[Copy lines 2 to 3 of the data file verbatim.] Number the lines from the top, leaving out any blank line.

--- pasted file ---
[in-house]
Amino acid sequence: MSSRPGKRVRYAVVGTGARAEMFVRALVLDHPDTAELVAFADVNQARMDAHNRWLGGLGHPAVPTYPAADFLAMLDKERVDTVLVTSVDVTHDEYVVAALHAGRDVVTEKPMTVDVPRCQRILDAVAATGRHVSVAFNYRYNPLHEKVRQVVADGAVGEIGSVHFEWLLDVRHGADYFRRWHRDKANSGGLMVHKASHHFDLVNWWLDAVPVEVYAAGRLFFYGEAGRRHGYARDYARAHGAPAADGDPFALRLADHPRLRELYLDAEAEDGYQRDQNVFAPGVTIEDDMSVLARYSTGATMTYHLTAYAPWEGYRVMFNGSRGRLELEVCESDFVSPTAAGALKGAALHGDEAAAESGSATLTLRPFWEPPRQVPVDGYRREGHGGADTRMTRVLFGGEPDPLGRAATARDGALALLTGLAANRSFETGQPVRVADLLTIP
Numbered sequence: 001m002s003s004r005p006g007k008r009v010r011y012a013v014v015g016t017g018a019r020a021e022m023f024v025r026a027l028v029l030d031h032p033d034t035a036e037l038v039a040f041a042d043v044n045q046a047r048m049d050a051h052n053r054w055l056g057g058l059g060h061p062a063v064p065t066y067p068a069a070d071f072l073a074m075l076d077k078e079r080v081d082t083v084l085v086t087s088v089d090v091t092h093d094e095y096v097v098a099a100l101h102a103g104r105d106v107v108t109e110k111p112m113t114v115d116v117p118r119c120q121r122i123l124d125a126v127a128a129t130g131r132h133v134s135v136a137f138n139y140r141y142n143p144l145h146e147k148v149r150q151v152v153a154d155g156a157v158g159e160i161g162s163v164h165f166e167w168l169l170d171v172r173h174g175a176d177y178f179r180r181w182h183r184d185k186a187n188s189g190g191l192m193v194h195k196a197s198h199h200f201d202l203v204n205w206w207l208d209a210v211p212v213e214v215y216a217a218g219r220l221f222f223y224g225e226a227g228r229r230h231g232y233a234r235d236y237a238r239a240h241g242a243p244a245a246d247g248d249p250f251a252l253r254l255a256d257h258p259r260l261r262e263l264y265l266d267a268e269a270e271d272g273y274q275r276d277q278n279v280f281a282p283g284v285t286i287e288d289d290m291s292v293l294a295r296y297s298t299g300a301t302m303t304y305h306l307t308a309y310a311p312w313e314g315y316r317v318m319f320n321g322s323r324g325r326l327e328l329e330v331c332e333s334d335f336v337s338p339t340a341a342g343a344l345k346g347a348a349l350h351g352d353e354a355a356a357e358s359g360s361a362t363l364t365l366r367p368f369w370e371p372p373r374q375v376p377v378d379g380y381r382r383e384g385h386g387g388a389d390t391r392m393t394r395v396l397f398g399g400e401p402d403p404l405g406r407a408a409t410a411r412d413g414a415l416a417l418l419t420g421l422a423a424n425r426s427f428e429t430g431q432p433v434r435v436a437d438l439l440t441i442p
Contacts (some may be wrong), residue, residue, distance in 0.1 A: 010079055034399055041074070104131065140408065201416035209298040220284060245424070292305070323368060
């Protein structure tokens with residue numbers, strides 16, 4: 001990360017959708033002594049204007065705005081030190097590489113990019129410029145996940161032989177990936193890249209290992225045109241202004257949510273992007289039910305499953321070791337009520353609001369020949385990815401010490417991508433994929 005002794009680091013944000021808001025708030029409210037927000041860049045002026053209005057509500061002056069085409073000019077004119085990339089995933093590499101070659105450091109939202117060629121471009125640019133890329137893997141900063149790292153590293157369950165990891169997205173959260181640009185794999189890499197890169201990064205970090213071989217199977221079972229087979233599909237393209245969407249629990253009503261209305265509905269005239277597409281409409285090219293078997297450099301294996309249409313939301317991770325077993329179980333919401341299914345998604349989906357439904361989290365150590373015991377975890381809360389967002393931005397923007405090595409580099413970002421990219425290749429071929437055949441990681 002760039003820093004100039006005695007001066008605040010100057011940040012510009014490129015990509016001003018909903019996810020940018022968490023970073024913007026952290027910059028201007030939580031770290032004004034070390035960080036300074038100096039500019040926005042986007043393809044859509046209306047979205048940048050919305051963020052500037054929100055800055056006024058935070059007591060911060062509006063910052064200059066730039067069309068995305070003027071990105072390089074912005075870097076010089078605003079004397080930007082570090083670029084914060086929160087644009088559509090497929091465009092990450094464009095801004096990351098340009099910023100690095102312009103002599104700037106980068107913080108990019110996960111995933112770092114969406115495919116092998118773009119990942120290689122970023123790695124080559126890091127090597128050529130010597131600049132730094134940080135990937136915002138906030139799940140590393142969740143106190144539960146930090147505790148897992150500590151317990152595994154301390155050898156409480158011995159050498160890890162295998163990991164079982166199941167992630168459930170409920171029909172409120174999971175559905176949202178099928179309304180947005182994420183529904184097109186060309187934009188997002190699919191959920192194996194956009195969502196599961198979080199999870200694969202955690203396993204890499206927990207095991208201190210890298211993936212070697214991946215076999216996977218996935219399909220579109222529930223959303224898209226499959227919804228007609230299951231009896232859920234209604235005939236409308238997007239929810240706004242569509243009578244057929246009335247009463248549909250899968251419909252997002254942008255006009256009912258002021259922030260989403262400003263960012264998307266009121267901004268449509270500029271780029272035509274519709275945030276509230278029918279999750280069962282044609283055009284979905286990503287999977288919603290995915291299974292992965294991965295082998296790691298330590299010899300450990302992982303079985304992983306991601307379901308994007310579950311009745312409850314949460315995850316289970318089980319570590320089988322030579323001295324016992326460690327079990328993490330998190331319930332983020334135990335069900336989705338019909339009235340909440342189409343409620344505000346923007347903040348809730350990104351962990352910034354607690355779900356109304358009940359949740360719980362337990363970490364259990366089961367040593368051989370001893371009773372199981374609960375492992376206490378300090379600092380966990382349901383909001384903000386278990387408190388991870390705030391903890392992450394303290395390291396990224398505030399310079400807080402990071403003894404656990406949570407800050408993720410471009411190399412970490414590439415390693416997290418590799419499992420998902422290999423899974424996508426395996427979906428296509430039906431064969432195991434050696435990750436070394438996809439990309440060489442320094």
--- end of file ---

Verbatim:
Amino acid sequence: MSSRPGKRVRYAVVGTGARAEMFVRALVLDHPDTAELVAFADVNQARMDAHNRWLGGLGHPAVPTYPAADFLAMLDKERVDTVLVTSVDVTHDEYVVAALHAGRDVVTEKPMTVDVPRCQRILDAVAATGRHVSVAFNYRYNPLHEKVRQVVADGAVGEIGSVHFEWLLDVRHGADYFRRWHRDKANSGGLMVHKASHHFDLVNWWLDAVPVEVYAAGRLFFYGEAGRRHGYARDYARAHGAPAADGDPFALRLADHPRLRELYLDAEAEDGYQRDQNVFAPGVTIEDDMSVLARYSTGATMTYHLTAYAPWEGYRVMFNGSRGRLELEVCESDFVSPTAAGALKGAALHGDEAAAESGSATLTLRPFWEPPRQVPVDGYRREGHGGADTRMTRVLFGGEPDPLGRAATARDGALALLTGLAANRSFETGQPVRVADLLTIP
Numbered sequence: 001m002s003s004r005p006g007k008r009v010r011y012a013v014v015g016t017g018a019r020a021e022m023f024v025r026a027l028v029l030d031h032p033d034t035a036e037l038v039a040f041a042d043v044n045q046a047r048m049d050a051h052n053r054w055l056g057g058l059g060h061p062a063v064p065t066y067p068a069a070d071f072l073a074m075l076d077k078e079r080v081d082t083v084l085v086t087s088v089d090v091t092h093d094e095y096v097v098a099a100l101h102a103g104r105d106v107v108t109e110k111p112m113t114v115d116v117p118r119c120q121r122i123l124d125a126v127a128a129t130g131r132h133v134s135v136a137f138n139y140r141y142n143p144l145h146e147k148v149r150q151v152v153a154d155g156a157v158g159e160i161g162s163v164h165f166e167w168l169l170d171v172r173h174g175a176d177y178f179r180r181w182h183r184d185k186a187n188s189g190g191l192m193v194h195k196a197s198h199h200f201d202l203v204n205w206w207l208d209a210v211p212v213e214v215y216a217a218g219r220l221f222f223y224g225e226a227g228r229r230h231g232y233a234r235d236y237a238r239a240h241g242a243p244a245a246d247g248d249p250f251a252l253r254l255a256d257h258p259r260l261r262e263l264y265l266d267a268e269a270e271d272g273y274q275r276d277q278n279v280f281a282p283g284v285t286i287e288d289d290m291s292v293l294a295r296y297s298t299g300a301t302m303t304y305h306l307t308a309y310a311p312w313e314g315y316r317v318m319f320n321g322s323r324g325r326l327e328l329e330v331c332e333s334d335f336v337s338p339t340a341a342g343a344l345k346g347a348a349l350h351g352d353e354a355a356a357e358s359g360s361a362t363l364t365l366r367p368f369w370e371p372p373r374q375v376p377v378d379g380y381r382r383e384g385h386g387g388a389d390t391r392m393t394r395v396l397f398g399g400e401p402d403p404l405g406r407a408a409t410a411r412d413g414a415l416a417l418l419t420g421l422a423a424n425r426s427f428e429t430g431q432p433v434r435v436a437d438l439l440t441i442p